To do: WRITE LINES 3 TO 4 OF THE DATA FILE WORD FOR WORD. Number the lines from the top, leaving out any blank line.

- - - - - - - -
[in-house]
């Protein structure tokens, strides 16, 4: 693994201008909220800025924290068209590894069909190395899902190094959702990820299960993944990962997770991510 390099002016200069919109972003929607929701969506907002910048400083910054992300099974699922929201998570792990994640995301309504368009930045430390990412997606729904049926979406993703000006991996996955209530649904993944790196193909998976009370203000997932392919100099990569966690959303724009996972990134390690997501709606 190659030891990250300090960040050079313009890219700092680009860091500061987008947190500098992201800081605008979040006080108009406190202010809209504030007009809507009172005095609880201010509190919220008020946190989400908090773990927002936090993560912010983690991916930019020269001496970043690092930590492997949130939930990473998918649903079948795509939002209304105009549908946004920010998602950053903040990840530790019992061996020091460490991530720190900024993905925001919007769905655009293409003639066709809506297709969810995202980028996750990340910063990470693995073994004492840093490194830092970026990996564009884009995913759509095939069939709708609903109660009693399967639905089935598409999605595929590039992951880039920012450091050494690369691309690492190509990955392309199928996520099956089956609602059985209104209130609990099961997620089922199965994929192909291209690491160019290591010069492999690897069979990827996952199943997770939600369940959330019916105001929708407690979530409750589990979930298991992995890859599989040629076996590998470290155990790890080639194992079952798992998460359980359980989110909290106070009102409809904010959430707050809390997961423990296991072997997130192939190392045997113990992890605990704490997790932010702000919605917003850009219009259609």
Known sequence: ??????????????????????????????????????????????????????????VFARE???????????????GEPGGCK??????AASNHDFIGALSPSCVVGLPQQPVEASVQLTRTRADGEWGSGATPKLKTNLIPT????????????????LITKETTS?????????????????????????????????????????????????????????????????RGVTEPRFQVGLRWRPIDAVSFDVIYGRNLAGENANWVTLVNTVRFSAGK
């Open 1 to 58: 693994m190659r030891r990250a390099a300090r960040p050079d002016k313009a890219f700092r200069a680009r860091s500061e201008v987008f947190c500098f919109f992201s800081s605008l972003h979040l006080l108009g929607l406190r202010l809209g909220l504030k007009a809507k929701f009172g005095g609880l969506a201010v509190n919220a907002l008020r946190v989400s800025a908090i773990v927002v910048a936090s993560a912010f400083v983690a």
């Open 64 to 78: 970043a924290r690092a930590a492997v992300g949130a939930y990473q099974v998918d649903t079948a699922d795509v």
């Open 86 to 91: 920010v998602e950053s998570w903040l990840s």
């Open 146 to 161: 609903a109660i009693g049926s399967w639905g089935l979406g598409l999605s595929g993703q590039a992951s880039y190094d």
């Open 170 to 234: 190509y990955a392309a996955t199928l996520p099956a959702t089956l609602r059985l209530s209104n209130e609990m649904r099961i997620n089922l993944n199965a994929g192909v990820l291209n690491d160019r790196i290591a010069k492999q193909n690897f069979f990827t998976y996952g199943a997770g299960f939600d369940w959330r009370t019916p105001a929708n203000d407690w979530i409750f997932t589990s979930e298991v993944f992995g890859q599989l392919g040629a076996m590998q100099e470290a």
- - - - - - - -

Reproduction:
Known sequence: ??????????????????????????????????????????????????????????VFARE???????????????GEPGGCK??????AASNHDFIGALSPSCVVGLPQQPVEASVQLTRTRADGEWGSGATPKLKTNLIPT????????????????LITKETTS?????????????????????????????????????????????????????????????????RGVTEPRFQVGLRWRPIDAVSFDVIYGRNLAGENANWVTLVNTVRFSAGK
């Open 1 to 58: 693994m190659r030891r990250a390099a300090r960040p050079d002016k313009a890219f700092r200069a680009r860091s500061e201008v987008f947190c500098f919109f992201s800081s605008l972003h979040l006080l108009g929607l406190r202010l809209g909220l504030k007009a809507k929701f009172g005095g609880l969506a201010v509190n919220a907002l008020r946190v989400s800025a908090i773990v927002v910048a936090s993560a912010f400083v983690a």